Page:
Appalling mismanagement of this vital water resource has witnessed the disappearance of the sea’s 24 species of native fish from its waters, the drying out of associated wetlands and the creation of tens of thousands of environmental refugees; the former dependents of the Aral’s ecosystem.

Such gross exploitation of a nation and its environment has only been possible within a framework of extreme control. President Karimov has eliminated any form of democratic representation; prohibited a free media, subverted basic civil liberties and institutionalised the use of torture and intimidation within the police, National Security Service and prisons.

Government attitude to public protest – peaceful or not – is brutal, as most recently witnessed by the response to demonstrations in the town of Andijan in May 2005. Demonstrators were met with indiscriminate shooting leading to an estimated 700 deaths and the subsequent arbitrary arrest of activists, human rights defenders and independent journalists.

Given such conditions, the Uzbek people have been left with little option but to abide by the commands of the Karimov administration. Tellingly, those Uzbeks who have felt able to speak out are clear in their condemnation of the cotton industry and united in their view that under the current regime it does little if anything to benefit the people, but much to support a corrupt and brutal government.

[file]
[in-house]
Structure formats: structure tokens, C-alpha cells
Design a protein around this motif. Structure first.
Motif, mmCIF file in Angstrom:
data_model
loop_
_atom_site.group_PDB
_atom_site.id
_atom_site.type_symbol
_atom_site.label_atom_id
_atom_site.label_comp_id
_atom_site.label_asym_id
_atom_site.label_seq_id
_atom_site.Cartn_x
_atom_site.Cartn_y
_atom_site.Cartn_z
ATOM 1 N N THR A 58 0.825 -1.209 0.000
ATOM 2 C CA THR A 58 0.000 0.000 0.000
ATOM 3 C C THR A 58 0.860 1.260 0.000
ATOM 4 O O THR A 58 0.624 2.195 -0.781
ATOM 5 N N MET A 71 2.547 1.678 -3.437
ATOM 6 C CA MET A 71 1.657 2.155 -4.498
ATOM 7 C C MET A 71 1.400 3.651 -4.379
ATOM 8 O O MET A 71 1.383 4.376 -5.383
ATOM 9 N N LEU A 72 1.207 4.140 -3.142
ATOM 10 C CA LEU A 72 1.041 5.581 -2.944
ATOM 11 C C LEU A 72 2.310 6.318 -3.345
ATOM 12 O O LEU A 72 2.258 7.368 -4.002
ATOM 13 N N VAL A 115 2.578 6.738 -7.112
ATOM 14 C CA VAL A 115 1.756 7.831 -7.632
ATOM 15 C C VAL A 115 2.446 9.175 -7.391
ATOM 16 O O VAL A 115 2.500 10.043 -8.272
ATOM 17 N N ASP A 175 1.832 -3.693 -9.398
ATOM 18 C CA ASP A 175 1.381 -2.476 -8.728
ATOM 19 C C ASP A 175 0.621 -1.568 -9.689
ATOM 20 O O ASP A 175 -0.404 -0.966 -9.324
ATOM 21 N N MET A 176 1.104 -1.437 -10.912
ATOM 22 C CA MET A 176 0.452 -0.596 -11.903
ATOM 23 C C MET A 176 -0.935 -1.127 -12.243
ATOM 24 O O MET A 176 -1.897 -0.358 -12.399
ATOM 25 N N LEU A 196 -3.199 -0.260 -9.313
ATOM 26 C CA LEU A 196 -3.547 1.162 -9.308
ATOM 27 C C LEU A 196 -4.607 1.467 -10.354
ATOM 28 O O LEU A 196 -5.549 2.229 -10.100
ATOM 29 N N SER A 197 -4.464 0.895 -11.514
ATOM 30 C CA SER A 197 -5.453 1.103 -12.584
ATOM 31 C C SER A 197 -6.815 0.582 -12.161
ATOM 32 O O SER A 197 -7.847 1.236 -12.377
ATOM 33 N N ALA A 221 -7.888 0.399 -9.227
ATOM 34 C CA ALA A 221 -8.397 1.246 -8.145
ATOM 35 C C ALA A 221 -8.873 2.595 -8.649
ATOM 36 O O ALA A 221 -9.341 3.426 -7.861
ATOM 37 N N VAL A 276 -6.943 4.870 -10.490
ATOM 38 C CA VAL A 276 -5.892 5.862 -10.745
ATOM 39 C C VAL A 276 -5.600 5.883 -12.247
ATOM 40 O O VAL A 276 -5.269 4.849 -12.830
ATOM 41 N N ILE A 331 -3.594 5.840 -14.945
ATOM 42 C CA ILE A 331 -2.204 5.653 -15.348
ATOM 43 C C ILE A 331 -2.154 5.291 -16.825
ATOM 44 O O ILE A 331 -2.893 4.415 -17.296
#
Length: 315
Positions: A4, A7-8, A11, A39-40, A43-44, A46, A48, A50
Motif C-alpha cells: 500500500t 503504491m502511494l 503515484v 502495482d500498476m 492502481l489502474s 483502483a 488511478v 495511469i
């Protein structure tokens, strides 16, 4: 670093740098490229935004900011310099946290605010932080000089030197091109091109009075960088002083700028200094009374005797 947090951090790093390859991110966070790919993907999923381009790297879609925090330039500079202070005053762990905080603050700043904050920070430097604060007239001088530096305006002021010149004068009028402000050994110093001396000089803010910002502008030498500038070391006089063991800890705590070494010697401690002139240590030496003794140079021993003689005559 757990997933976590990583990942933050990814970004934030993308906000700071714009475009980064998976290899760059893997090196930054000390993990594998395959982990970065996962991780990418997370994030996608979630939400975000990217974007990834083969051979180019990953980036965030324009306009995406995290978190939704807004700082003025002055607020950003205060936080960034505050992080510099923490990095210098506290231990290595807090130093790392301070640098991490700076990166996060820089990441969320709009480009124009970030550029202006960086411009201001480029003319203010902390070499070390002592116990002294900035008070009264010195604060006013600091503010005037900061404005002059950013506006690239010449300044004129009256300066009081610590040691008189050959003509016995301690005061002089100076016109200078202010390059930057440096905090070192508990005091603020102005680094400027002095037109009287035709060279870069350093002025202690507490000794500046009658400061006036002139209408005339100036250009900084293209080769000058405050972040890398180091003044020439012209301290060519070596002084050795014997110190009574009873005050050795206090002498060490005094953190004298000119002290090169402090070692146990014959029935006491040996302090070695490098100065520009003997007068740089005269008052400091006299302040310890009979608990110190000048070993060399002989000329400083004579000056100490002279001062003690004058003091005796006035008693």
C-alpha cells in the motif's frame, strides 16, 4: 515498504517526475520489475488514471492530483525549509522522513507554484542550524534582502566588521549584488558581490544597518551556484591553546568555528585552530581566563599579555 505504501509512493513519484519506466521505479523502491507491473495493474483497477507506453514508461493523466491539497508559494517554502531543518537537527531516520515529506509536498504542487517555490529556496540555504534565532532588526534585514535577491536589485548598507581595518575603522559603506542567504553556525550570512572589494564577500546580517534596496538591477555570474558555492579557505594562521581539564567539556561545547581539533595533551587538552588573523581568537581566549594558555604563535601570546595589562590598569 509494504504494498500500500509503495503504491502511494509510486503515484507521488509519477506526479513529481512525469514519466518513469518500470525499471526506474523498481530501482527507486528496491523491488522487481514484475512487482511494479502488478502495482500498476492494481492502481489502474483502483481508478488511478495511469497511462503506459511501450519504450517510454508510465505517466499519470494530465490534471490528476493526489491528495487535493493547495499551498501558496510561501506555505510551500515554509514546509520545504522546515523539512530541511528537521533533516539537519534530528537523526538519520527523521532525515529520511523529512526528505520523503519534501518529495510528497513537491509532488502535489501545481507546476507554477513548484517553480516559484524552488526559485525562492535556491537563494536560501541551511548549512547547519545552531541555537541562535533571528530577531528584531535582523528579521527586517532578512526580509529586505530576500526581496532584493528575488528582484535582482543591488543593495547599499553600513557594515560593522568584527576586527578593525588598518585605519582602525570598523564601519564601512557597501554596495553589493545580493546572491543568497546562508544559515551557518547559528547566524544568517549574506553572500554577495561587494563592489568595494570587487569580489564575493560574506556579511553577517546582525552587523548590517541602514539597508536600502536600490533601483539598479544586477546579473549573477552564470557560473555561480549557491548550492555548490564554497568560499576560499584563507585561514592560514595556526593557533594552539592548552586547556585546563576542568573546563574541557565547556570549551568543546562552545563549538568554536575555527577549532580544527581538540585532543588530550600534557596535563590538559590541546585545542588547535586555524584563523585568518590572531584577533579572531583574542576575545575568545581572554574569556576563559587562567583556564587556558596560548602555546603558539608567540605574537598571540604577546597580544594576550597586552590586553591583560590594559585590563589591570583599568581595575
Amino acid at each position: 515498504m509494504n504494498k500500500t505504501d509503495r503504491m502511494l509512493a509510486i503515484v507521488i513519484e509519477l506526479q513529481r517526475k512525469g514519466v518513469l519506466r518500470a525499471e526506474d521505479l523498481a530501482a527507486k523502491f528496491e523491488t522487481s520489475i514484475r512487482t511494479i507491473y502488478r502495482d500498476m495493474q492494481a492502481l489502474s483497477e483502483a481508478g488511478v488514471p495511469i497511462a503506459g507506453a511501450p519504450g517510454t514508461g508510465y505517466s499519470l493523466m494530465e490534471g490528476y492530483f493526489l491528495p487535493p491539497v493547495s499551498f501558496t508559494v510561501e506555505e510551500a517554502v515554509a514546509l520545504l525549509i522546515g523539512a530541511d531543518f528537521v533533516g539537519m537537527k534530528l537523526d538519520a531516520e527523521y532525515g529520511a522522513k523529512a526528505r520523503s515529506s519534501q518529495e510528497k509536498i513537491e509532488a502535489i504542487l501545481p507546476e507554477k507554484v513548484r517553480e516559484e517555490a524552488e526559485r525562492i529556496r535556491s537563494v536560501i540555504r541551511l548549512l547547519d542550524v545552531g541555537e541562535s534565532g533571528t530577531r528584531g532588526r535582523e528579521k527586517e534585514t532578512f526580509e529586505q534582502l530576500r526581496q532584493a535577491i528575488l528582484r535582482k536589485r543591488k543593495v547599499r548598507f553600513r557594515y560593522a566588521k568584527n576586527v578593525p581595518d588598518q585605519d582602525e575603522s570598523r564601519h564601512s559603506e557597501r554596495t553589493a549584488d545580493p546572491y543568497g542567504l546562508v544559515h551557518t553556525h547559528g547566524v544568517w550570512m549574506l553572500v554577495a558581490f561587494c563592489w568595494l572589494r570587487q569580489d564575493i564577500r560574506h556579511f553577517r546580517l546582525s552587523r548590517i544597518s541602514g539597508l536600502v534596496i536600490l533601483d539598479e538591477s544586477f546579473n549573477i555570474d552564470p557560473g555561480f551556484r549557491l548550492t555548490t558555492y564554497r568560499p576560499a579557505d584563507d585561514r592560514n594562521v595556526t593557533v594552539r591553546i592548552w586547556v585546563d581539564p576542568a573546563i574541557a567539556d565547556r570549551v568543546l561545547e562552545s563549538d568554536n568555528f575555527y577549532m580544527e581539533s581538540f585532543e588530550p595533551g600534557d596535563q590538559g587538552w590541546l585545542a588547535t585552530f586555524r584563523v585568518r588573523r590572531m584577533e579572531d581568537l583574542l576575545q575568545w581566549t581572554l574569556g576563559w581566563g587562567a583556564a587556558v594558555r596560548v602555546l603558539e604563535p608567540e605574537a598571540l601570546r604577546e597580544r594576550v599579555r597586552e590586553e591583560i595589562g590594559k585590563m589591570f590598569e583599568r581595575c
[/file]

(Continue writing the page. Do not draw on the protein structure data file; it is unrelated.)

Despite these well known abuses, Europe remains the major destination for Uzbekistan’s cotton exports. Traders continue to associate with the regime, buying cotton in exchange for a substantial hard currency income, and high street fashion outlets sell clothes manufactured from Uzbek cotton.

The Environmental Justice Foundation is now calling for action to address the human rights abuses and environmental destruction associated with Uzbekistan’s cotton production.


  1. Suspend cotton and cotton related imports derived from Uzbekistan until it can be demonstrated that Uzbekistan no longer uses child labour in cotton production;
  2. Promote a “child labour free” label for cotton products;


  1. Work within the World Trade Organisation to introduce conditions on trade that would punish manufacturers and producers who use child labour at any stage of the supply chain;
  2. Consider trade sanctions against Uzbekistan until the country can demonstrate that its cotton production is free of child labour;


  1. Avoid procurement of Uzbek cotton until such time that child and forced child labour are eradicated from the production process;
  2. Develop an effective product labelling system guaranteeing that neither child nor forced child labour is used at any stage of clothing manufacture;


  1. Demand that all products containing cotton are clearly labelled stating the country of origin of the cotton fibre;
  2. Pick your cotton carefully – refuse to buy cotton products without certain knowledge that they have been produced without causing human rights abuses or environmental destruction;
  3. Choose products which have been certified as fair trade.